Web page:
Analysis: U.S. retailers say uneven recovery keeps consumers cautious
By Phil Wahba and Lisa Baertlein
(Reuters) - From Wal-Mart Stores Inc and Gap Inc to Macy's Inc and McDonald's Corp, chains that cater to middle- and lower-income Americans say they are feeling the pinch of an uneven economic recovery.
A host of retailers have reported tepid sales lately, highlighting the stress that consumers are feeling because of higher payroll taxes, expensive gasoline and a slow job market four years after the U.S. economy started to rebound.
"Everyone wants to talk about recovery - it's like the unrecovery," Susquehanna Financial Group analyst Bob Summers said following the Wal-Mart results. "The demographic that they cater to, not only has it not seen improvement, I would argue that things have gotten worse."
Look no further than Macy's for a snapshot of the consumer. For its namesake mid-tier department stores, Macy's reported the first decline in same-store sales in nearly four years this week, and said shoppers had been gravitating to its less expensive items. That's a contrast with Macy's upscale Bloomingdale's, which came in with strong results.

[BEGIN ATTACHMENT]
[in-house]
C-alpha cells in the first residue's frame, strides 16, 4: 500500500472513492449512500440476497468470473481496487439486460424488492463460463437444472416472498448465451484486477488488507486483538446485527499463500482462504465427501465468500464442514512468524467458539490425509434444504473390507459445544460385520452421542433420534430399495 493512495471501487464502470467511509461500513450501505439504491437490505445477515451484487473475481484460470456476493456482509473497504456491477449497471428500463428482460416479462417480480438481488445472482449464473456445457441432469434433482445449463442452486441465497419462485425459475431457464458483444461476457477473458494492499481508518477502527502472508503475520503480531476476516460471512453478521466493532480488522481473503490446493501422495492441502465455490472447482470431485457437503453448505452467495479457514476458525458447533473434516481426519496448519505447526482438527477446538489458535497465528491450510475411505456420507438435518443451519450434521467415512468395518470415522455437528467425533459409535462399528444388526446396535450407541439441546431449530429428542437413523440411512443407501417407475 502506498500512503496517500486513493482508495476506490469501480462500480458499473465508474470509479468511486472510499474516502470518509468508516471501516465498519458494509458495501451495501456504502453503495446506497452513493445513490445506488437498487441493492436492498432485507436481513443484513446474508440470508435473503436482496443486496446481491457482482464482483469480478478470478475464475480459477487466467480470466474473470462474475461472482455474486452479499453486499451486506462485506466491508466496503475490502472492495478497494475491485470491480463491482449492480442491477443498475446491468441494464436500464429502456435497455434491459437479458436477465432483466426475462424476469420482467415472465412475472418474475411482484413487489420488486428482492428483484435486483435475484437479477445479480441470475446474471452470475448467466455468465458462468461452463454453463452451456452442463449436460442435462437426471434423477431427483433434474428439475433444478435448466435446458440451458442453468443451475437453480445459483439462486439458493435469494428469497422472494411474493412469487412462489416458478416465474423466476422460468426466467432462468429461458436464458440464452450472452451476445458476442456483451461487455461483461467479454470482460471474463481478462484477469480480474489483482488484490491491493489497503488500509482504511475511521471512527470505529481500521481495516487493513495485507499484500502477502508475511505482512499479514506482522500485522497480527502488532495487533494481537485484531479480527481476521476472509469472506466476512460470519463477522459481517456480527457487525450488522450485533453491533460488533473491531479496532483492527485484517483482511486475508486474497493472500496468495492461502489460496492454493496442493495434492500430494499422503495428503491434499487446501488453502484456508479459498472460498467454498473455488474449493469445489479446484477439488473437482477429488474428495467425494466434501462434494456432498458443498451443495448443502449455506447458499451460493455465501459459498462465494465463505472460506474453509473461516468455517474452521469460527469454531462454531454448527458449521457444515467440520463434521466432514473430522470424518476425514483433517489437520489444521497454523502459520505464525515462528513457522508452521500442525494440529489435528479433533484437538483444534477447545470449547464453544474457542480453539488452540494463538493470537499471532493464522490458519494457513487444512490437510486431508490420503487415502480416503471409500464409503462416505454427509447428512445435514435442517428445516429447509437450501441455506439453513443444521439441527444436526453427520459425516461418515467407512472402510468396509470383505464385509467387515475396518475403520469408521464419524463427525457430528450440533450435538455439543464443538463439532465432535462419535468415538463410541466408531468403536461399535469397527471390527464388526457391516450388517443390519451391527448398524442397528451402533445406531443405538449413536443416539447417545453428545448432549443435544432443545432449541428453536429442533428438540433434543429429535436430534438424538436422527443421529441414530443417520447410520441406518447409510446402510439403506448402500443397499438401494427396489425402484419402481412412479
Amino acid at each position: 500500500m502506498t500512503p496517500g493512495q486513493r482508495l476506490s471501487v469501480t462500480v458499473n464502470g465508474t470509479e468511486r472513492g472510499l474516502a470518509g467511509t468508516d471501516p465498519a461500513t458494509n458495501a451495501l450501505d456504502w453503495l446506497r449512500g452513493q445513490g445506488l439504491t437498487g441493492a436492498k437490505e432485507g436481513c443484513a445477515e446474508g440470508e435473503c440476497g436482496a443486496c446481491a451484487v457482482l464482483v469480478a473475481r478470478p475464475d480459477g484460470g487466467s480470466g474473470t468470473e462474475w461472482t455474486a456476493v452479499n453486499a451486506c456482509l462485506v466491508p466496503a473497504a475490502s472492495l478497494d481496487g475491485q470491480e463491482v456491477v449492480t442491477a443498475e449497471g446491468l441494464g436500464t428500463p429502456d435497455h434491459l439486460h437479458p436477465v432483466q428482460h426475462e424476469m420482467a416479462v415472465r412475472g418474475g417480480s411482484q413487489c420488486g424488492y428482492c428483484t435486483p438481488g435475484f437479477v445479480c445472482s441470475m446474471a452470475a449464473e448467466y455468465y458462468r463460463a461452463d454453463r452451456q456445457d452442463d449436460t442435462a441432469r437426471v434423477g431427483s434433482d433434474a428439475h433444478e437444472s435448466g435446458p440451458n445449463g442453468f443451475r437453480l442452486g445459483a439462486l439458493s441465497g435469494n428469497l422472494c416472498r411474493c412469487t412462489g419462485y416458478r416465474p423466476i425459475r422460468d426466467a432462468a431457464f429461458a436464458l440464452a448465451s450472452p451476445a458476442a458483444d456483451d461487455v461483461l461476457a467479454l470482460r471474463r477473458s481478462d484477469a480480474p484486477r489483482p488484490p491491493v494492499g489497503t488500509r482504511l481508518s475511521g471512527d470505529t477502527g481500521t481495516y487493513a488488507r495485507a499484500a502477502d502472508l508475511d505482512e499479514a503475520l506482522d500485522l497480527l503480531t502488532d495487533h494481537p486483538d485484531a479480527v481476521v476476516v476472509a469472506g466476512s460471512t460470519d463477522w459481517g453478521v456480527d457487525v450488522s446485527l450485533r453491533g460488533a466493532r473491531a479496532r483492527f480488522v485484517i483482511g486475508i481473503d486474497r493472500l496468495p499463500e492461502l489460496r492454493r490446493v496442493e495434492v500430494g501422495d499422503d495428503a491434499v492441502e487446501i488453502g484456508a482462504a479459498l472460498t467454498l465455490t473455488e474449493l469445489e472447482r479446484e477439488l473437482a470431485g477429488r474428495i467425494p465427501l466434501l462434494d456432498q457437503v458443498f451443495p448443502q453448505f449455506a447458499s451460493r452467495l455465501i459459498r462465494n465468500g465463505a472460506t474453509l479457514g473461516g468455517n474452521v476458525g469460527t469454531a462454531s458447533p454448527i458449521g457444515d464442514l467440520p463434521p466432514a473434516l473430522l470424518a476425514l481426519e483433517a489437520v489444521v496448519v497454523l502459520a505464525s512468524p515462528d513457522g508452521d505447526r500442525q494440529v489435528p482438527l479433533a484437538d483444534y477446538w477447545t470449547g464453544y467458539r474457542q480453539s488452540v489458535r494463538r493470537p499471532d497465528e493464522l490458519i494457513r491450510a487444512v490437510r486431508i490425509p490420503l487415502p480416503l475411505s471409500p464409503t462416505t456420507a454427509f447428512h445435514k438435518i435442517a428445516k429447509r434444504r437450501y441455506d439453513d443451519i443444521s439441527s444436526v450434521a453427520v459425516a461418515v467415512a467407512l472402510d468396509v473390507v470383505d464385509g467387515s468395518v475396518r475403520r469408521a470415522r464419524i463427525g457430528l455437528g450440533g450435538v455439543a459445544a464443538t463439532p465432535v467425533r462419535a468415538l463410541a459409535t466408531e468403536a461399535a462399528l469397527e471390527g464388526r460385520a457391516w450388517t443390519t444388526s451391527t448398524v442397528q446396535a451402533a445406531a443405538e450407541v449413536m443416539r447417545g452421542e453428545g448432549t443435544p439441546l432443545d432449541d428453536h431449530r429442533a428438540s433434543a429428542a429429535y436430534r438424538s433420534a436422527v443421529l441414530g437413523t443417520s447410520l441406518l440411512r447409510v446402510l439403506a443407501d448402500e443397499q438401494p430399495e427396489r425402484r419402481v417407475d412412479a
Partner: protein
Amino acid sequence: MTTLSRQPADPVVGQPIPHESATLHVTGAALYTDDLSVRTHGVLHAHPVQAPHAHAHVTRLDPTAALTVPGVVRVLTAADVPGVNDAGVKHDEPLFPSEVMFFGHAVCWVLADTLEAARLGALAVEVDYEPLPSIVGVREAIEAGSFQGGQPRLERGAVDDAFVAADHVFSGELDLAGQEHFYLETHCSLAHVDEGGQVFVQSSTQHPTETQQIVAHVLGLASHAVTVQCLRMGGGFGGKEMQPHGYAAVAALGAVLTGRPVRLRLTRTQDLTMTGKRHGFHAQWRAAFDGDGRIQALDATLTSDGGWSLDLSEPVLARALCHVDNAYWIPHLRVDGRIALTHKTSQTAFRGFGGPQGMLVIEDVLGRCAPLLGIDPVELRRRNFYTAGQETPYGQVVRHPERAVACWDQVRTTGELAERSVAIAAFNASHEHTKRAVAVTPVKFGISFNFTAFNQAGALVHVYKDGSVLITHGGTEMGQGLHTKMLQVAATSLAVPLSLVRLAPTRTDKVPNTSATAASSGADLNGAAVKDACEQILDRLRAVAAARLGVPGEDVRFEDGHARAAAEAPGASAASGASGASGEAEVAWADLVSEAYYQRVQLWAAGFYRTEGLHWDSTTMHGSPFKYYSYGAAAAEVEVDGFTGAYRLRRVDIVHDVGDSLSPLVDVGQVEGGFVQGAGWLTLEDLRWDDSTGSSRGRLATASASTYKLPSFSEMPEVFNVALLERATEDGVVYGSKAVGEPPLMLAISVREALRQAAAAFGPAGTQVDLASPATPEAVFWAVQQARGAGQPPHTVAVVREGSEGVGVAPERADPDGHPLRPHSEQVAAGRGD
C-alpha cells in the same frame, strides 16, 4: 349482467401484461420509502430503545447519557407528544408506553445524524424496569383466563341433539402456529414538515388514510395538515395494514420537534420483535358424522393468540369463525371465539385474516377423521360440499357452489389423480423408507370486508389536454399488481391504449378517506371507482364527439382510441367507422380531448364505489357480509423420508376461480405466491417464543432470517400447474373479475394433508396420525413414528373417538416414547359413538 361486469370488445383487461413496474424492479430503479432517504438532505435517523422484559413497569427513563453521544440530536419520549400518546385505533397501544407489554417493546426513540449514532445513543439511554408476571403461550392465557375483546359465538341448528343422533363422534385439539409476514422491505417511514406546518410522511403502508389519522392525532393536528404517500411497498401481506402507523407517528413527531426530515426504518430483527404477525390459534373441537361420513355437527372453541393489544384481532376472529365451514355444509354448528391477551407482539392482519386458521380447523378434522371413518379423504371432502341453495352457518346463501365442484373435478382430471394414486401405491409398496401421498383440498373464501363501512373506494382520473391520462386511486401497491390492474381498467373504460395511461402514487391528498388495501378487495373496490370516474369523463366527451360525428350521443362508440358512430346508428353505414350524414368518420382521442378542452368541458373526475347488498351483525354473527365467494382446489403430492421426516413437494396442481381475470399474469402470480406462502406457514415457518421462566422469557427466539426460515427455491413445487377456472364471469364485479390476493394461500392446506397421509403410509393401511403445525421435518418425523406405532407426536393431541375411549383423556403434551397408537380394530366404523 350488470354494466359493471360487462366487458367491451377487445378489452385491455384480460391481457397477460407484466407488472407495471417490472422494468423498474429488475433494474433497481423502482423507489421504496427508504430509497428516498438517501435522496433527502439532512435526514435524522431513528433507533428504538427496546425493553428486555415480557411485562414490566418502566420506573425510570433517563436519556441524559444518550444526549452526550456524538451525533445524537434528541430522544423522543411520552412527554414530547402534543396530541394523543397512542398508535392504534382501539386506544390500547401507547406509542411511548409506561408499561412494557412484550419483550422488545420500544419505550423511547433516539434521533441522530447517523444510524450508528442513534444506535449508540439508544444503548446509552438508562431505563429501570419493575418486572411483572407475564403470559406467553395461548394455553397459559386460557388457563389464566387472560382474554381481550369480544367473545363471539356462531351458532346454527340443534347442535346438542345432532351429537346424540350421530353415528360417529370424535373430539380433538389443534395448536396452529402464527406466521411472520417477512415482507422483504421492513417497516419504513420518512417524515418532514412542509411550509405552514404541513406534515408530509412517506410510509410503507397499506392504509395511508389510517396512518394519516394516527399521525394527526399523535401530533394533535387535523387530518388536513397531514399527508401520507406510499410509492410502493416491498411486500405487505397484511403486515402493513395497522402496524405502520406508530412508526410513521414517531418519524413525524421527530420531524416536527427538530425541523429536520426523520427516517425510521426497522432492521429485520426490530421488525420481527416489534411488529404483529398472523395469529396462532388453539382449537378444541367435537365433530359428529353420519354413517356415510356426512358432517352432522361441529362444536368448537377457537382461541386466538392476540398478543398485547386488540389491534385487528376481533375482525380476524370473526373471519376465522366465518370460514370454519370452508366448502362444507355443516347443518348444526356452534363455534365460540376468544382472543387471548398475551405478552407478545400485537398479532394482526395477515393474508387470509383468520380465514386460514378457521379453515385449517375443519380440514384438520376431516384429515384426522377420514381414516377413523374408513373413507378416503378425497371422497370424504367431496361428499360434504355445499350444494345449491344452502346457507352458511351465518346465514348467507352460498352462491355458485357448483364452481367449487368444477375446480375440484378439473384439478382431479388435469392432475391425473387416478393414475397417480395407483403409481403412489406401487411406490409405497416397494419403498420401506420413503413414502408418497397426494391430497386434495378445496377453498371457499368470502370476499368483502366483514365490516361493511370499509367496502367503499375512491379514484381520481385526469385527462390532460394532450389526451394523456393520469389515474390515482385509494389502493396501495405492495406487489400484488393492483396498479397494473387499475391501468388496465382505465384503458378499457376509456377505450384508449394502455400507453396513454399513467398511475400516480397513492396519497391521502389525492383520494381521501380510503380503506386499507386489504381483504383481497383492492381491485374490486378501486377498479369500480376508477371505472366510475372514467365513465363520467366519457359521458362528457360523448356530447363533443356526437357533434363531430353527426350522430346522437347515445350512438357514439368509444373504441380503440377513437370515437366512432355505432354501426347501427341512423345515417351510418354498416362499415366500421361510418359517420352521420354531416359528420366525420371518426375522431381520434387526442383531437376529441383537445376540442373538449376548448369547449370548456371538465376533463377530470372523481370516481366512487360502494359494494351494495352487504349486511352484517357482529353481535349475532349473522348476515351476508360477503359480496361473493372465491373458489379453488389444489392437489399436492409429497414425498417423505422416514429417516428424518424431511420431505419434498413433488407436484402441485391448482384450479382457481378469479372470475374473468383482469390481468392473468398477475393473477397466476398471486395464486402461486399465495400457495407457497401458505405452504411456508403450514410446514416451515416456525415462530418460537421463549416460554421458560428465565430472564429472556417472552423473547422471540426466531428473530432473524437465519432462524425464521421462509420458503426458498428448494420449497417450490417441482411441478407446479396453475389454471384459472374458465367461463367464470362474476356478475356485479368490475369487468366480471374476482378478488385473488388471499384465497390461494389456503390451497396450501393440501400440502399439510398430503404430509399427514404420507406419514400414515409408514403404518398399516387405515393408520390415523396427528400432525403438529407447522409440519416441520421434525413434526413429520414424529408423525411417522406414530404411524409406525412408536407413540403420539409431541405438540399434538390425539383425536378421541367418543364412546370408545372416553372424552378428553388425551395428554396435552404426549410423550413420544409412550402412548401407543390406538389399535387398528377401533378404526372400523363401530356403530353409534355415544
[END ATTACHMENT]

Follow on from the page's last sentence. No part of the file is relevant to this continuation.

The trend also turns up in results posted on Thursday by Wal-Mart, which emphasizes low pricing. Its U.S. sales at stores open at least a year unexpectedly fell 0.3 percent last quarter, a second decline in a row, prompting the world's largest retailer to lower its sales forecast for the year.
Last week, a group of U.S. retailers including Costco Wholesale Corp and Gap reported modest gains in July same-store sales, thanks largely to bargains.
Adding to the pressure, Macy's said many shoppers are redirecting their spending to their cars, housing and home improvement.
Automakers reported a 14 percent U.S. sales increase in July from a year earlier, industry consultant Autodata Corp said. Continued...